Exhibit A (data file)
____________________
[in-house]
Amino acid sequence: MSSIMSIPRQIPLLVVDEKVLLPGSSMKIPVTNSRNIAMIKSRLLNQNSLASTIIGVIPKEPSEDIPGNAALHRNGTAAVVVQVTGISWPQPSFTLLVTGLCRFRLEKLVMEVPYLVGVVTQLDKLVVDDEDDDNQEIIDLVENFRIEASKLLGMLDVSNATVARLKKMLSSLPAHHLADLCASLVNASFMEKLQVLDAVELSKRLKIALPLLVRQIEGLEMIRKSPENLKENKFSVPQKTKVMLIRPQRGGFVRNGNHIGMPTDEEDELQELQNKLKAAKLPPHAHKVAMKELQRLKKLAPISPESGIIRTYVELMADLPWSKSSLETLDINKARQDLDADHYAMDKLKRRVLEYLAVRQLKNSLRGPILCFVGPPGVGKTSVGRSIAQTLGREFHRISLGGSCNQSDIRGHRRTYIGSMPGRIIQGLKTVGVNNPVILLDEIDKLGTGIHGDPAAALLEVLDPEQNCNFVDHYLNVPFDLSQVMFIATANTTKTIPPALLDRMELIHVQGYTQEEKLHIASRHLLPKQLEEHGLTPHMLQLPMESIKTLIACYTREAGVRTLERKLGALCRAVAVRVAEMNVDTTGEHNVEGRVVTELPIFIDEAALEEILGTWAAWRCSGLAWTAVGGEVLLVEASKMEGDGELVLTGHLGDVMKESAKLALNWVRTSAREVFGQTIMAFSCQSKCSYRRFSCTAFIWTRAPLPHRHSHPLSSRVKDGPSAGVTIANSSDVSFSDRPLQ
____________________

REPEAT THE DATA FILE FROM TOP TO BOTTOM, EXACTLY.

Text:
[in-house]
Amino acid sequence: MSSIMSIPRQIPLLVVDEKVLLPGSSMKIPVTNSRNIAMIKSRLLNQNSLASTIIGVIPKEPSEDIPGNAALHRNGTAAVVVQVTGISWPQPSFTLLVTGLCRFRLEKLVMEVPYLVGVVTQLDKLVVDDEDDDNQEIIDLVENFRIEASKLLGMLDVSNATVARLKKMLSSLPAHHLADLCASLVNASFMEKLQVLDAVELSKRLKIALPLLVRQIEGLEMIRKSPENLKENKFSVPQKTKVMLIRPQRGGFVRNGNHIGMPTDEEDELQELQNKLKAAKLPPHAHKVAMKELQRLKKLAPISPESGIIRTYVELMADLPWSKSSLETLDINKARQDLDADHYAMDKLKRRVLEYLAVRQLKNSLRGPILCFVGPPGVGKTSVGRSIAQTLGREFHRISLGGSCNQSDIRGHRRTYIGSMPGRIIQGLKTVGVNNPVILLDEIDKLGTGIHGDPAAALLEVLDPEQNCNFVDHYLNVPFDLSQVMFIATANTTKTIPPALLDRMELIHVQGYTQEEKLHIASRHLLPKQLEEHGLTPHMLQLPMESIKTLIACYTREAGVRTLERKLGALCRAVAVRVAEMNVDTTGEHNVEGRVVTELPIFIDEAALEEILGTWAAWRCSGLAWTAVGGEVLLVEASKMEGDGELVLTGHLGDVMKESAKLALNWVRTSAREVFGQTIMAFSCQSKCSYRRFSCTAFIWTRAPLPHRHSHPLSSRVKDGPSAGVTIANSSDVSFSDRPLQ